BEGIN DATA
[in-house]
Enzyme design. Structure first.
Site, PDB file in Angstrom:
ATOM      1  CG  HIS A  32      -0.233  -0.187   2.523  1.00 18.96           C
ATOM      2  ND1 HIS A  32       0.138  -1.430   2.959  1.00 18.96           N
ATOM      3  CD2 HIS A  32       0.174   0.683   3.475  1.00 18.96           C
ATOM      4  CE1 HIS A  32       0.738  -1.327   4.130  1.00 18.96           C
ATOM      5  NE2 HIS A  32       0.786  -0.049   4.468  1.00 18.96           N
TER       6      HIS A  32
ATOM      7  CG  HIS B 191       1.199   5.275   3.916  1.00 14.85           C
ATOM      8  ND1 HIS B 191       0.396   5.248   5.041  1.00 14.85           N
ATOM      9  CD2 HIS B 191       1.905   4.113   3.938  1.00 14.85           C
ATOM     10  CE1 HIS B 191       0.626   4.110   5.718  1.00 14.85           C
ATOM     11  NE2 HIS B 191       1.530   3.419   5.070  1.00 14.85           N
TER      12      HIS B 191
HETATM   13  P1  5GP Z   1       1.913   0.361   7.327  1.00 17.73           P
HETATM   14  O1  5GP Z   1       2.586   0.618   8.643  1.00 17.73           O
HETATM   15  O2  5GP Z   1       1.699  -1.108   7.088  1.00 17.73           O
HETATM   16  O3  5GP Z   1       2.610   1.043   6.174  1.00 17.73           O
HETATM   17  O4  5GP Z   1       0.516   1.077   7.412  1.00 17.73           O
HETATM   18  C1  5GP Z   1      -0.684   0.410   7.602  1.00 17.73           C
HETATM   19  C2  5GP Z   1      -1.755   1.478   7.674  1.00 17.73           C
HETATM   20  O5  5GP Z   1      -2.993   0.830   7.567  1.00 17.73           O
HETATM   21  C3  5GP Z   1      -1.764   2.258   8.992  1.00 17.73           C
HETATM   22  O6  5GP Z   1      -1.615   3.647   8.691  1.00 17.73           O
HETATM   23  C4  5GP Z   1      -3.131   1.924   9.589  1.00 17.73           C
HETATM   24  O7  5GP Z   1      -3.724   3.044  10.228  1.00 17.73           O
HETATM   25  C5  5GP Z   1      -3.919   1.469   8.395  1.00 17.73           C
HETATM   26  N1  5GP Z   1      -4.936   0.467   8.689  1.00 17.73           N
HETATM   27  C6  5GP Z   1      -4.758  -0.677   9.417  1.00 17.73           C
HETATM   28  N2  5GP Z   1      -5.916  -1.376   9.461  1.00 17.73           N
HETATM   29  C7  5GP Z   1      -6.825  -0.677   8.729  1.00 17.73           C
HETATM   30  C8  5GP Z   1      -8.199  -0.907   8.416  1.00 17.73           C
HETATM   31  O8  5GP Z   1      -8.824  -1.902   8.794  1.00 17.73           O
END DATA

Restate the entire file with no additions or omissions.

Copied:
[in-house]
Enzyme design. Structure first.
Site, PDB file in Angstrom:
ATOM      1  CG  HIS A  32      -0.233  -0.187   2.523  1.00 18.96           C
ATOM      2  ND1 HIS A  32       0.138  -1.430   2.959  1.00 18.96           N
ATOM      3  CD2 HIS A  32       0.174   0.683   3.475  1.00 18.96           C
ATOM      4  CE1 HIS A  32       0.738  -1.327   4.130  1.00 18.96           C
ATOM      5  NE2 HIS A  32       0.786  -0.049   4.468  1.00 18.96           N
TER       6      HIS A  32
ATOM      7  CG  HIS B 191       1.199   5.275   3.916  1.00 14.85           C
ATOM      8  ND1 HIS B 191       0.396   5.248   5.041  1.00 14.85           N
ATOM      9  CD2 HIS B 191       1.905   4.113   3.938  1.00 14.85           C
ATOM     10  CE1 HIS B 191       0.626   4.110   5.718  1.00 14.85           C
ATOM     11  NE2 HIS B 191       1.530   3.419   5.070  1.00 14.85           N
TER      12      HIS B 191
HETATM   13  P1  5GP Z   1       1.913   0.361   7.327  1.00 17.73           P
HETATM   14  O1  5GP Z   1       2.586   0.618   8.643  1.00 17.73           O
HETATM   15  O2  5GP Z   1       1.699  -1.108   7.088  1.00 17.73           O
HETATM   16  O3  5GP Z   1       2.610   1.043   6.174  1.00 17.73           O
HETATM   17  O4  5GP Z   1       0.516   1.077   7.412  1.00 17.73           O
HETATM   18  C1  5GP Z   1      -0.684   0.410   7.602  1.00 17.73           C
HETATM   19  C2  5GP Z   1      -1.755   1.478   7.674  1.00 17.73           C
HETATM   20  O5  5GP Z   1      -2.993   0.830   7.567  1.00 17.73           O
HETATM   21  C3  5GP Z   1      -1.764   2.258   8.992  1.00 17.73           C
HETATM   22  O6  5GP Z   1      -1.615   3.647   8.691  1.00 17.73           O
HETATM   23  C4  5GP Z   1      -3.131   1.924   9.589  1.00 17.73           C
HETATM   24  O7  5GP Z   1      -3.724   3.044  10.228  1.00 17.73           O
HETATM   25  C5  5GP Z   1      -3.919   1.469   8.395  1.00 17.73           C
HETATM   26  N1  5GP Z   1      -4.936   0.467   8.689  1.00 17.73           N
HETATM   27  C6  5GP Z   1      -4.758  -0.677   9.417  1.00 17.73           C
HETATM   28  N2  5GP Z   1      -5.916  -1.376   9.461  1.00 17.73           N
HETATM   29  C7  5GP Z   1      -6.825  -0.677   8.729  1.00 17.73           C
HETATM   30  C8  5GP Z   1      -8.199  -0.907   8.416  1.00 17.73           C
HETATM   31  O8  5GP Z   1      -8.824  -1.902   8.794  1.00 17.73           O